Tuesday 17 March 2009

J. Gary Millar on Deuteronomy

J. Gary Millar, Now Choose Life: Theology and Ethics in Deuteronomy, New Studies in Biblical Theology 6 (Leicester: Apollos, 1998), 216pp.

[The following book review was first published on London School of Theology’s website in July 1998.]

Another volume in the ‘New Studies in Biblical Theology’ series, edited by D.A. Carson. The series attempts ‘do’ the crucial task of biblical theology, whether in discussing its relationship to other disciplines (e.g., systematic theology), or working out a theme across Scripture as a whole, or (as here) expounding the contribution of a particular book to the canon. This one takes an extended look at Deuteronomy and, apart from anything else, provides a good introduction to the literary and theological shape of the book.

After an introduction surveying the current state of research in Old Testament ethics, Millar deals with the ethics and theology of Deuteronomy in relation to five themes: covenant, journey, law, the nations, and human nature.

According to Millar Deuteronomy is not itself a treaty document, though it clearly draws on the covenant metaphor in speaking of Israel’s relationship to the Lord God. In particular, the book presents the covenant as a relationship with ethical consequences. The ‘journey’ motif in the framework of Deuteronomy (chs. 1-11 and 27-34) makes it clear that following the Lord means living obediently in changing circumstances. The laws in the middle of the book (chs. 12-26) are profoundly theological, related especially to worship, the land, and human relationships. And all of these are consequences of the great founding event of the nation – the Exodus.

‘The nation has been redeemed, and now belongs to God. As his unique people, they must submit to him in worship. He has redeemed them from Egypt to enjoy a relationship with him, and to do so in his land. In the light of his redemption, they cannot treat one another in a way which is incompatible with the way he has treated them.’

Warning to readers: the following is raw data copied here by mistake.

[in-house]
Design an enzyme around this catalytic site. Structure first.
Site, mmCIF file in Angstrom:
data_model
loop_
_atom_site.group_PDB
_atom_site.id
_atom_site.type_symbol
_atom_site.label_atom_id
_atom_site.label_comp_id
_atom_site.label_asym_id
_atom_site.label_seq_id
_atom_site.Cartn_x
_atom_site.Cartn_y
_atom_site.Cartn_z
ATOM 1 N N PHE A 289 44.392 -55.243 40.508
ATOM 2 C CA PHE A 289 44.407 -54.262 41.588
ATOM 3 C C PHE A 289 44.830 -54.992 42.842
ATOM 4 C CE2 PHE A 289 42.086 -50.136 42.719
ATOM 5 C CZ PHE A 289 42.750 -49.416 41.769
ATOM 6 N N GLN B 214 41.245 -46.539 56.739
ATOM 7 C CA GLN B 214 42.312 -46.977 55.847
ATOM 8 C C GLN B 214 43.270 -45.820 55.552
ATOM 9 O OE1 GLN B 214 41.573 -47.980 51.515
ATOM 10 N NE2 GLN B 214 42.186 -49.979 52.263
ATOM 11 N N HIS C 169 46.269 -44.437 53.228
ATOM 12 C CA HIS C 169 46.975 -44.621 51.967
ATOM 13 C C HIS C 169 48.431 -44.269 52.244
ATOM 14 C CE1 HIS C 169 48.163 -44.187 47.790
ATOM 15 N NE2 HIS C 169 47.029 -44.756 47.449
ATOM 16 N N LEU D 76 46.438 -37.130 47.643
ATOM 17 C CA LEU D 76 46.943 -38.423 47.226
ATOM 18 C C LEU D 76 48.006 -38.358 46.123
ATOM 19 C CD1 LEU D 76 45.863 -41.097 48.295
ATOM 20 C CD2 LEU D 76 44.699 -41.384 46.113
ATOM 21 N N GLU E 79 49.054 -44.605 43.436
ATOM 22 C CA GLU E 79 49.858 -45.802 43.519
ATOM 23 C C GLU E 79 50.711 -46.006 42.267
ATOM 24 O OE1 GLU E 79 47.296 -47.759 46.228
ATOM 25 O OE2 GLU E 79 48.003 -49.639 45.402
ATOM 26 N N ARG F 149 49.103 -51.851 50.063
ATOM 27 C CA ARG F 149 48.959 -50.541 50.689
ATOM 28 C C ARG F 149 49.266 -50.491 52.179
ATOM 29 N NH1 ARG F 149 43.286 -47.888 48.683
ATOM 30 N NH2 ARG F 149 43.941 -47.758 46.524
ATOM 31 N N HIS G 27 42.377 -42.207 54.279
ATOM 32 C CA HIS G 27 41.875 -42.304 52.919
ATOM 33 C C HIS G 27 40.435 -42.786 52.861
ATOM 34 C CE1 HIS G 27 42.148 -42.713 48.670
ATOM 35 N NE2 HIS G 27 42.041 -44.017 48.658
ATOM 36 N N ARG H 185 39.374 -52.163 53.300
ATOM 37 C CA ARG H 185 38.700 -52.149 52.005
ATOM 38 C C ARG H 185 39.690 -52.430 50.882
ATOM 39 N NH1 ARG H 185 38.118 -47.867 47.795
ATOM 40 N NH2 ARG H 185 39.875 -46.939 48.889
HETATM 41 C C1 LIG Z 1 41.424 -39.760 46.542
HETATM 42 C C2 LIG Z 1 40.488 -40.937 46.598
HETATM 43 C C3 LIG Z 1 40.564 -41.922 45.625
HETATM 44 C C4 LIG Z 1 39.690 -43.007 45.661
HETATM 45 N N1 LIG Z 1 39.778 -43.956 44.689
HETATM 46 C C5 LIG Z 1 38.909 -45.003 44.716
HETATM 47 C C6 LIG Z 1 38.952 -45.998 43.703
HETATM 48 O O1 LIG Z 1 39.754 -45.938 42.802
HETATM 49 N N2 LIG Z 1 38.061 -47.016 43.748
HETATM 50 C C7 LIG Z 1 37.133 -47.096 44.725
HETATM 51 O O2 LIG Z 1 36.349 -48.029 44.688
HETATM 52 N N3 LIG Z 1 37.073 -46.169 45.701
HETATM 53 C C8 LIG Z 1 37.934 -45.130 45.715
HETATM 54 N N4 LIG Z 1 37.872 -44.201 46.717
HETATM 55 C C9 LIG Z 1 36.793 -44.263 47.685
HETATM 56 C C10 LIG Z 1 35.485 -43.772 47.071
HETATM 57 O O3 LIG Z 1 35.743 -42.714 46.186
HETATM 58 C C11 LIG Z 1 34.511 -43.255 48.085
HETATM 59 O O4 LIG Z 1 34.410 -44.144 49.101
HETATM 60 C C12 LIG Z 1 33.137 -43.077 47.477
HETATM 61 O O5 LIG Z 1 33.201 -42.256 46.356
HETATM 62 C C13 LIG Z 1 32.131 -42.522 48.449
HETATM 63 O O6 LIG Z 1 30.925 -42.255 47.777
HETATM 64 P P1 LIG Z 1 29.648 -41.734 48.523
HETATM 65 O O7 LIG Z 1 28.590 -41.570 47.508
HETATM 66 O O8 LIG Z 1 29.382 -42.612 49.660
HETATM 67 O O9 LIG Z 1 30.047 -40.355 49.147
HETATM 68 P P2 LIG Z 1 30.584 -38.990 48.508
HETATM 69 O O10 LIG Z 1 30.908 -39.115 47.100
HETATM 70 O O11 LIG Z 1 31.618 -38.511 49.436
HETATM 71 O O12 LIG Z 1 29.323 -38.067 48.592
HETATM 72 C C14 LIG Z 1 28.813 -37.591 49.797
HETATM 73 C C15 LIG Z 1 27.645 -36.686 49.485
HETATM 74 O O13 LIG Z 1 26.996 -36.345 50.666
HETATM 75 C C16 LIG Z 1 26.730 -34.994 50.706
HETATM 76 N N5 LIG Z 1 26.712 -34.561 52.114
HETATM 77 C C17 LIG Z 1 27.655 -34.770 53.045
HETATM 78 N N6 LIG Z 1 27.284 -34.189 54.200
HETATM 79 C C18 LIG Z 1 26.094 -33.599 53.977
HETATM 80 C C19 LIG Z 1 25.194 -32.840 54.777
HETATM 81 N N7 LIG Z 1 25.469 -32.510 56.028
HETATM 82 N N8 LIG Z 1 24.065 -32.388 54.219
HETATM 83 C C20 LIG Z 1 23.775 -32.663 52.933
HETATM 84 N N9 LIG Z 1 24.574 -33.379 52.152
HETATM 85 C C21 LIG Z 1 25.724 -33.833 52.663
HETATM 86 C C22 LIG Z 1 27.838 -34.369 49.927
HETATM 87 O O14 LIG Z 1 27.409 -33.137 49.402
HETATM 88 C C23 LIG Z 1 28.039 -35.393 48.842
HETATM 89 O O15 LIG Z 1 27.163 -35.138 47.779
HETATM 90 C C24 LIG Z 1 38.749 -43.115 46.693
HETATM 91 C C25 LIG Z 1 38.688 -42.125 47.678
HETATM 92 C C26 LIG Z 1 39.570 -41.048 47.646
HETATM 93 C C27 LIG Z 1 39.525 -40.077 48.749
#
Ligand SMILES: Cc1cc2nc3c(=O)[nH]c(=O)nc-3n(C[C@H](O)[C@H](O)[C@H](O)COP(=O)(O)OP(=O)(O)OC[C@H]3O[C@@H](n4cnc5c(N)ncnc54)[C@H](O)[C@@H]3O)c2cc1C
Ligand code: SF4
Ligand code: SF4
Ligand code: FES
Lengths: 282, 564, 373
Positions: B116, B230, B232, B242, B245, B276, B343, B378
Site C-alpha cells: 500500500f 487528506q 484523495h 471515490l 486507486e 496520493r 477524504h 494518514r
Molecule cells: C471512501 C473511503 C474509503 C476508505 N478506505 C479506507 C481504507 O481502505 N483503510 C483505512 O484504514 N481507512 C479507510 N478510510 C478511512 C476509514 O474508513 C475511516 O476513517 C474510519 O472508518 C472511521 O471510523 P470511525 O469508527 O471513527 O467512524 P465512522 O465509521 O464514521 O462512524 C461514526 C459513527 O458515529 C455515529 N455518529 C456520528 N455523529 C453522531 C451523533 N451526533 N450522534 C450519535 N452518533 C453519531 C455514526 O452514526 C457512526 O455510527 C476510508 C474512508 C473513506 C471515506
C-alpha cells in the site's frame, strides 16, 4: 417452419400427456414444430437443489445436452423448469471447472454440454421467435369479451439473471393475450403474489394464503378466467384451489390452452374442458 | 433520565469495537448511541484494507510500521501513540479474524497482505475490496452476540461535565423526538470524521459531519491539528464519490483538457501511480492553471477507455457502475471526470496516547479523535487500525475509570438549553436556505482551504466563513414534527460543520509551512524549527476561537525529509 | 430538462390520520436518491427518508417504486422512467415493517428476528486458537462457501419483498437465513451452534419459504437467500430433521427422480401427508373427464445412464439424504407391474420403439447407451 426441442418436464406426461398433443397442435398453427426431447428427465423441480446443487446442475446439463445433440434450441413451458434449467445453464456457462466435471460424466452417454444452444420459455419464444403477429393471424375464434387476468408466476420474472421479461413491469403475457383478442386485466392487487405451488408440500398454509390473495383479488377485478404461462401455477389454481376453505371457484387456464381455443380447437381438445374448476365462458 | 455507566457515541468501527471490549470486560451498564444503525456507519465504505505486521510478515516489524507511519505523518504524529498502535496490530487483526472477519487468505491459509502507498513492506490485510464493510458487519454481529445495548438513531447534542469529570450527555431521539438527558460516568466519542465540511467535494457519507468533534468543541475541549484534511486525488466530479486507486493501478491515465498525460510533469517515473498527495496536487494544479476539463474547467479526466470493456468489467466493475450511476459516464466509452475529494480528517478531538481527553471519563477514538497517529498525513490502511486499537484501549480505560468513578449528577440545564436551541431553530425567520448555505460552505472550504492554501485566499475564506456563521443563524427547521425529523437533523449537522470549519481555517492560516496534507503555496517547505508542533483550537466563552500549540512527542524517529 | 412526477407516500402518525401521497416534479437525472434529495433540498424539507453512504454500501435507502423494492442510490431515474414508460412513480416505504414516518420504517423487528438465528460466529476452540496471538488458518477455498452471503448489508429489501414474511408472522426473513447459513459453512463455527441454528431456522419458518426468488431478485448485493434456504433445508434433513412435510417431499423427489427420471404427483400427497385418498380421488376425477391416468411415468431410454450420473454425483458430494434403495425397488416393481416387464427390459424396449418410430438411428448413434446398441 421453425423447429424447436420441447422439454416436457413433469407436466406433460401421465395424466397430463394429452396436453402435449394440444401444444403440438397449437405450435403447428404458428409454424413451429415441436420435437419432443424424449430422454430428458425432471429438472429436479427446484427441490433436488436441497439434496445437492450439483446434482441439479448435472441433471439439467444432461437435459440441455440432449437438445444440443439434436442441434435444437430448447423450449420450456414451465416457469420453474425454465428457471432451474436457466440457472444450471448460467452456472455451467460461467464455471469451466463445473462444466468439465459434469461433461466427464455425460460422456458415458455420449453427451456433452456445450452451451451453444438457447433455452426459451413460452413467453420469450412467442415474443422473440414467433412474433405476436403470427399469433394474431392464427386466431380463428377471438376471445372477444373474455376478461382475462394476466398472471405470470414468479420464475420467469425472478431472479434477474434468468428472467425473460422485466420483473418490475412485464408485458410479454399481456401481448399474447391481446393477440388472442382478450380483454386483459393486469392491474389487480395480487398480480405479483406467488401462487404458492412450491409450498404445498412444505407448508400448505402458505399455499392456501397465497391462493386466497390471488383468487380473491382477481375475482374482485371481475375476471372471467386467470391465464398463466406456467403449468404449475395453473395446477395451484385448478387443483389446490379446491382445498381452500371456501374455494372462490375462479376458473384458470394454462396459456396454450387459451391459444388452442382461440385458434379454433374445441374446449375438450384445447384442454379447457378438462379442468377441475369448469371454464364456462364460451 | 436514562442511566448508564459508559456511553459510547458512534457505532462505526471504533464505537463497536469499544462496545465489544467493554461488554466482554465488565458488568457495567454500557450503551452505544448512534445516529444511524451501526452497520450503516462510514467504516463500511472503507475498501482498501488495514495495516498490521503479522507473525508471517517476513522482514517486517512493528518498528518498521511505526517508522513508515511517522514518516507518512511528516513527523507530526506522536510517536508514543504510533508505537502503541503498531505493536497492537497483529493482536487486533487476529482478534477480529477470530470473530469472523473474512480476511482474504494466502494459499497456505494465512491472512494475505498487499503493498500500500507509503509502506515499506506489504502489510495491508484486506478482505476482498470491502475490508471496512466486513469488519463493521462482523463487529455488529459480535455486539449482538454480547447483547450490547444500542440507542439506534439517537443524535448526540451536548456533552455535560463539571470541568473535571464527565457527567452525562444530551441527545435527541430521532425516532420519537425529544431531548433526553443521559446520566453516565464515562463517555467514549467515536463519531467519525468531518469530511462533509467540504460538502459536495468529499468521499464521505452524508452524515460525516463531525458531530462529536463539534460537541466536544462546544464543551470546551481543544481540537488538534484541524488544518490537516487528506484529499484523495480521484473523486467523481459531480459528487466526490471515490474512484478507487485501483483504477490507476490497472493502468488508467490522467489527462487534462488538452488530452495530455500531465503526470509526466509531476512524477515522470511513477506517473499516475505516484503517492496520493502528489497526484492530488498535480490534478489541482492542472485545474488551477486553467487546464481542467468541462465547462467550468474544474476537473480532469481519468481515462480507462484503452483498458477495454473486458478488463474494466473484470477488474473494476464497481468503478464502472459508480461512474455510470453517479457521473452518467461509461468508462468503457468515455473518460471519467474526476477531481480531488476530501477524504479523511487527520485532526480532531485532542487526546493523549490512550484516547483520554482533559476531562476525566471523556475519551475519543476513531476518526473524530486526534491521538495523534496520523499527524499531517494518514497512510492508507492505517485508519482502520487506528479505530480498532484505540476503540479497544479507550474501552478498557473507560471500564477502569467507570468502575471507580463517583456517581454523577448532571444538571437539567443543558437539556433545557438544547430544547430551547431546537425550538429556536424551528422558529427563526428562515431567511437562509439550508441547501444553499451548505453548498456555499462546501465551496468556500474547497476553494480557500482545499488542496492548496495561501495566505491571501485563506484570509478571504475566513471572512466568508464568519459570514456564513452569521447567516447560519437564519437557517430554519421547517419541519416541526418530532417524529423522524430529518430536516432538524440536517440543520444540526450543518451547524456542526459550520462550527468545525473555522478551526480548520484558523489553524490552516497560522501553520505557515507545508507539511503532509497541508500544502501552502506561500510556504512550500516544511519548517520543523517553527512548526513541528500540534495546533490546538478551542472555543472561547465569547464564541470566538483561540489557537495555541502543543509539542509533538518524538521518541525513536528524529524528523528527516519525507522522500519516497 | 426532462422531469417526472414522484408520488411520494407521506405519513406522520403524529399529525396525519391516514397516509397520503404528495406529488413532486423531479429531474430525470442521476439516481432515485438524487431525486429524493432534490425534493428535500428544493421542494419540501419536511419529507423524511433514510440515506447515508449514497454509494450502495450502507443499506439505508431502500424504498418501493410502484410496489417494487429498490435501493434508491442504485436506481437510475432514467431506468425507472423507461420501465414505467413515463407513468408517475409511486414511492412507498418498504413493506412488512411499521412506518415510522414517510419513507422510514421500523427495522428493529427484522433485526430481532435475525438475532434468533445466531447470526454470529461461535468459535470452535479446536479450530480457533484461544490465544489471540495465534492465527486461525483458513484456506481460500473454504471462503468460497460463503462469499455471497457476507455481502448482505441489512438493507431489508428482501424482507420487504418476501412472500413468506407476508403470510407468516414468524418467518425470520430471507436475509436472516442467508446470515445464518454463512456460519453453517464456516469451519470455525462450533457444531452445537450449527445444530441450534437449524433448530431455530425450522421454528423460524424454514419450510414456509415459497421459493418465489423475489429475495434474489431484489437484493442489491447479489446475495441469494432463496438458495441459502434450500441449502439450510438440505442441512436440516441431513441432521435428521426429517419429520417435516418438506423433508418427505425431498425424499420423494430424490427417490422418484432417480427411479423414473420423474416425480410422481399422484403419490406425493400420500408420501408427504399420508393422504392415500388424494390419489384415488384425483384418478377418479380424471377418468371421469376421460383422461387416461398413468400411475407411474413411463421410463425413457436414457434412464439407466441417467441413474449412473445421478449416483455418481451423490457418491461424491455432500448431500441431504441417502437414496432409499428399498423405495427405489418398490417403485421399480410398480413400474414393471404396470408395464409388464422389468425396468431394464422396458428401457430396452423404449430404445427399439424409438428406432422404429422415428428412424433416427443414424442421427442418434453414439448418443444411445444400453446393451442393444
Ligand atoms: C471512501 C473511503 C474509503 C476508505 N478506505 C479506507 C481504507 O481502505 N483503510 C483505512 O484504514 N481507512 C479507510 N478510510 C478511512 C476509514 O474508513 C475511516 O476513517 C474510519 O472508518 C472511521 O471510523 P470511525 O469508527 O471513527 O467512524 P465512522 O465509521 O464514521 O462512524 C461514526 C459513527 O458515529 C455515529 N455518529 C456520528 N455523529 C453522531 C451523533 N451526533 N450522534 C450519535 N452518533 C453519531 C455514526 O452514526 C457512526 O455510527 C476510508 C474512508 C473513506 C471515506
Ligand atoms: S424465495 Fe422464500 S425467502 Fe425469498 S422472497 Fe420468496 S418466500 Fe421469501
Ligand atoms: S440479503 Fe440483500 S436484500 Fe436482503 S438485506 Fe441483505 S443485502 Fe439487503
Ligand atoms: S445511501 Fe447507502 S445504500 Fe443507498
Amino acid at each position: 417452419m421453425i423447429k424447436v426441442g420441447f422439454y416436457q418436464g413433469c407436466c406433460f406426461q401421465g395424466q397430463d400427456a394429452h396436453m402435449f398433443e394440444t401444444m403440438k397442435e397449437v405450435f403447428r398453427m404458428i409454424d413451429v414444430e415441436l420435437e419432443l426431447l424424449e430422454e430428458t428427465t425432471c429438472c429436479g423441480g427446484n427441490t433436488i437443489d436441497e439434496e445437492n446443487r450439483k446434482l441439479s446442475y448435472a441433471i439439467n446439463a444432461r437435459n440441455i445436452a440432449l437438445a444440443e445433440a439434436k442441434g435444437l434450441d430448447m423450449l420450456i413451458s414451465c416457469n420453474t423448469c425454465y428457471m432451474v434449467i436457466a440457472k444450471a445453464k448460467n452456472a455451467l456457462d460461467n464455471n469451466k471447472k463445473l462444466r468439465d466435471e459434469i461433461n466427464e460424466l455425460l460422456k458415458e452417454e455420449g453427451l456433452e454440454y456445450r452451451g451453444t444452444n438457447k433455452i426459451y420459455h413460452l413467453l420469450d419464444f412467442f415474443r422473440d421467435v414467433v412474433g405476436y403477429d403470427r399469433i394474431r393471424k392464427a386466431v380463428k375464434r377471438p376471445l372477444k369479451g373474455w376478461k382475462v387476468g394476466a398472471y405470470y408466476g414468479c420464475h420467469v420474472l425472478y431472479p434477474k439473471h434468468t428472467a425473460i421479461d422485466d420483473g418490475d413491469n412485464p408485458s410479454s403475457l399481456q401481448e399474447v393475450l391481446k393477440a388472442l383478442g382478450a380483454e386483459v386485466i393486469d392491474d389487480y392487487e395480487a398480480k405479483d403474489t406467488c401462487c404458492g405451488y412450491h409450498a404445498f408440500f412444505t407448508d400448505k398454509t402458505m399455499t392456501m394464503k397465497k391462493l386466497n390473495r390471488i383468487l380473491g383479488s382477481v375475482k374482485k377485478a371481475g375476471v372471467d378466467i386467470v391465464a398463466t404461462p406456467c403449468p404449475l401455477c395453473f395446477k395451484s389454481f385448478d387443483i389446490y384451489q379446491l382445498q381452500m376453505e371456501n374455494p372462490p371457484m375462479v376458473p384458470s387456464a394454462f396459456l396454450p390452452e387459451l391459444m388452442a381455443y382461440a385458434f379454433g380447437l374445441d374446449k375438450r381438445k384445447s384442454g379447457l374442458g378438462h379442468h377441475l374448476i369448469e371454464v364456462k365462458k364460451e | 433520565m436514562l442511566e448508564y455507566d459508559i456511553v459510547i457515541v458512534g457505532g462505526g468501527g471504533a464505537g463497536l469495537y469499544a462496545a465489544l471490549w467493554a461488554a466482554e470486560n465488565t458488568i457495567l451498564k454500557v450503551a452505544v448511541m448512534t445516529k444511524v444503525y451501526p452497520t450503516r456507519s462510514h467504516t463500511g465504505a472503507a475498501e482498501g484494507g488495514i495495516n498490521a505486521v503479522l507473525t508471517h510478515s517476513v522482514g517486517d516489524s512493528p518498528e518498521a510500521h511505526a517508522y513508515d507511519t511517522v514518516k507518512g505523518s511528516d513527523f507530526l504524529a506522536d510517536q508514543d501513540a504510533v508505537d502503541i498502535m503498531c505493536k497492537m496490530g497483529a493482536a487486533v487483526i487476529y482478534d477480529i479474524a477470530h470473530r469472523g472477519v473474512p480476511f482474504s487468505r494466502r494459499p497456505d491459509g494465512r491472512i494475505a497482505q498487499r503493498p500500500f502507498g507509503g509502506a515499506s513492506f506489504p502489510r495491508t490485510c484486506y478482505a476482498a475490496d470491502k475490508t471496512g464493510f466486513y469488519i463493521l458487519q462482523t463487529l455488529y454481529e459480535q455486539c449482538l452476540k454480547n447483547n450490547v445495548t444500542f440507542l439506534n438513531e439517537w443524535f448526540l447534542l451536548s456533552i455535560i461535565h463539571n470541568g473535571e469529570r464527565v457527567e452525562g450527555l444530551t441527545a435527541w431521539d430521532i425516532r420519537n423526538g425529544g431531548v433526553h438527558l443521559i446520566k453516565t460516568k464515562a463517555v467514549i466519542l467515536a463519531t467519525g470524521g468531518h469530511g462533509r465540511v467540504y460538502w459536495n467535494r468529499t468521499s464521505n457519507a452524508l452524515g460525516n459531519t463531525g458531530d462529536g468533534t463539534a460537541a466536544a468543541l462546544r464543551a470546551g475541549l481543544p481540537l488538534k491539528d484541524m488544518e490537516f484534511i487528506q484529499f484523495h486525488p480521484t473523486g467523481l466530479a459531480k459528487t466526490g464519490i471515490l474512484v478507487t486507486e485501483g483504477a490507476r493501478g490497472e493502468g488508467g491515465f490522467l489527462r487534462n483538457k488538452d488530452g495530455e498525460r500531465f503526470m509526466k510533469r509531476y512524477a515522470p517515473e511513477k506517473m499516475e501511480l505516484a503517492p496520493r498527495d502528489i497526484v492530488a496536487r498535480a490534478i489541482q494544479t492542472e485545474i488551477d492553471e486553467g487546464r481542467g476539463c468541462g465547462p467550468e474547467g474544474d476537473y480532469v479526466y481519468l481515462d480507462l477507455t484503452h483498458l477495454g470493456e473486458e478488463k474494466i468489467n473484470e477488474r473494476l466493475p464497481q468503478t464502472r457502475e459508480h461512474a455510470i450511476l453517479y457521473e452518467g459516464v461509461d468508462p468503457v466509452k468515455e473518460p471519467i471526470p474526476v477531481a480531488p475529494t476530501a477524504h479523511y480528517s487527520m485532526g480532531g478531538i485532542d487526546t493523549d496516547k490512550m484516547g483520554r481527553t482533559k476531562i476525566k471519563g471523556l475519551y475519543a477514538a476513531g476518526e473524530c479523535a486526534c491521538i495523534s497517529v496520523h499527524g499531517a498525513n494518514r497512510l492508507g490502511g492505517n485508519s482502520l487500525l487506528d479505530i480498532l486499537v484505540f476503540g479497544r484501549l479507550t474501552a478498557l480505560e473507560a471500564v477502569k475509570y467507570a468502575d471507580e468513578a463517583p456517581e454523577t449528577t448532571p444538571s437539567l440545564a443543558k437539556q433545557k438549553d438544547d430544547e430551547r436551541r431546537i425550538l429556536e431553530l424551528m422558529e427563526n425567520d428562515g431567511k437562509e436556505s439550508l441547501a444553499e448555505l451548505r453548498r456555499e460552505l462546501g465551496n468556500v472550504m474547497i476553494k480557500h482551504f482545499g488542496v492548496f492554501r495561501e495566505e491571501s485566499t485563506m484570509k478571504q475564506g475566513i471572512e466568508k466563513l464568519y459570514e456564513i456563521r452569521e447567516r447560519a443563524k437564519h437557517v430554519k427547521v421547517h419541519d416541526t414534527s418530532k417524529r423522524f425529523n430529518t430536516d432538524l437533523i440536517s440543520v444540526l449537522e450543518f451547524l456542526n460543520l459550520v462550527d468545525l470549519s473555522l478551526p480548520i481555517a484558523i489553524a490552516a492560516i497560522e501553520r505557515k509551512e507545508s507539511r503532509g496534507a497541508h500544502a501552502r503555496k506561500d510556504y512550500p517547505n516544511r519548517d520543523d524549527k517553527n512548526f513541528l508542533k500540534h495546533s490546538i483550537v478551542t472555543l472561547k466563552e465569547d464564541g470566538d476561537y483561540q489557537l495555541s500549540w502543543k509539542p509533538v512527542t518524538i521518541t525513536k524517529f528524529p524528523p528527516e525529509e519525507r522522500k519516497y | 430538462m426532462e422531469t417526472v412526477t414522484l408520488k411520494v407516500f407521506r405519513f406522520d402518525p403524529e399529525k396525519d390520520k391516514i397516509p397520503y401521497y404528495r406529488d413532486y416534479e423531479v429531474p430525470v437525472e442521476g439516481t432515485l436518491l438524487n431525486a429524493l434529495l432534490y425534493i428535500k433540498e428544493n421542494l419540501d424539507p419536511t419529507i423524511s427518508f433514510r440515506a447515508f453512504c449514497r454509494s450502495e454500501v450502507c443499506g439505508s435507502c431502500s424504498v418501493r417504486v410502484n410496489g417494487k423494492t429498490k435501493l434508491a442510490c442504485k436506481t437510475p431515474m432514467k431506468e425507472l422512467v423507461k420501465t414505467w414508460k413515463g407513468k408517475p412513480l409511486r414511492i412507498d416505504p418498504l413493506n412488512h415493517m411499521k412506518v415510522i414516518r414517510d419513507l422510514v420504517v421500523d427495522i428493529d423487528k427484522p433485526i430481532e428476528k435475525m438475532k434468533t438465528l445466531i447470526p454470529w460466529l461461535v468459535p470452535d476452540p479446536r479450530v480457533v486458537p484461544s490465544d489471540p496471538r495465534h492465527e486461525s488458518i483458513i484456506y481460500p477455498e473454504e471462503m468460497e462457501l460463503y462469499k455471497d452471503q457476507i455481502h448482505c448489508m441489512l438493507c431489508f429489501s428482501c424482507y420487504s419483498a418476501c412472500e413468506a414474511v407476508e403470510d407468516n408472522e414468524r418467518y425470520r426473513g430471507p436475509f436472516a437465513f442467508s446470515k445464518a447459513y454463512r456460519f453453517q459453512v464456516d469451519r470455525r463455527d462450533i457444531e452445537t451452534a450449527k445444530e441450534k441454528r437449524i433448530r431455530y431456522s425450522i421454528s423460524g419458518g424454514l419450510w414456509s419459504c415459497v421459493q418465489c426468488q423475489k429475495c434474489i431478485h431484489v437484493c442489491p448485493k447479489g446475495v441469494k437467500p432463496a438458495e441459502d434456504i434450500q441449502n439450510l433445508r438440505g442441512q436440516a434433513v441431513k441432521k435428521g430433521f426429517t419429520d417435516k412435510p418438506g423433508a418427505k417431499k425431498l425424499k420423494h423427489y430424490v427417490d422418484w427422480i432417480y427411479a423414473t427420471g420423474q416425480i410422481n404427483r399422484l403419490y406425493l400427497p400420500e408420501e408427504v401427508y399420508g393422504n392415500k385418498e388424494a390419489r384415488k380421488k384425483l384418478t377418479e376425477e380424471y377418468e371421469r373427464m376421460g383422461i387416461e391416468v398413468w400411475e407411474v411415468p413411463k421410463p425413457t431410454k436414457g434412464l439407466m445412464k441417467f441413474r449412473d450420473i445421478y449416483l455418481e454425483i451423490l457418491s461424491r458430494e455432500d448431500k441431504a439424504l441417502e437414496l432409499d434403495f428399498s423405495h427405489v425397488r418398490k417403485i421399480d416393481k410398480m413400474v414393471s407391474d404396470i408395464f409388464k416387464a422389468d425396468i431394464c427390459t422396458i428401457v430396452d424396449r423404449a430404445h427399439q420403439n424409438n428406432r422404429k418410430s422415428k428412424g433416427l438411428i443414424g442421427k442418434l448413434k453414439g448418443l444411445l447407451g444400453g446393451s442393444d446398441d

As well as calling the people of God to be different from the surrounding nations, Deuteronomy recognises that human beings are intrinsically flawed. Final hope is in the hands of the covenant-making and covenant-keeping God. Millar is thus not embarrassed to show how the various themes relate to the New Testament’s articulation of theology and ethics. On the question of law and grace, for instance, Deuteronomy is quite clear on the priority of God in initiating and sustaining the relationship with Israel; but it is equally clear on the place of the law in facilitating that relationship.

Perhaps most important of all, Deuteronomy provides not so much an ethical textbook, as a demonstration of ethics in operation. The theology of the Exodus and the revelation at Sinai are picked up and applied to what lies ahead for the people of God in the land. Without denying the possibility of constructing an ‘Old Testament ethics’, Millar places a healthy emphasis on the dynamic in operation in Deuteronomy. Such ‘ethics’ result from applying theology to changing situations. The biblical text reflects the ongoing ethical challenge of engaging with basic questions which are fundamental to the existence of men and women, as individuals and in community, in our relationship with the Lord.

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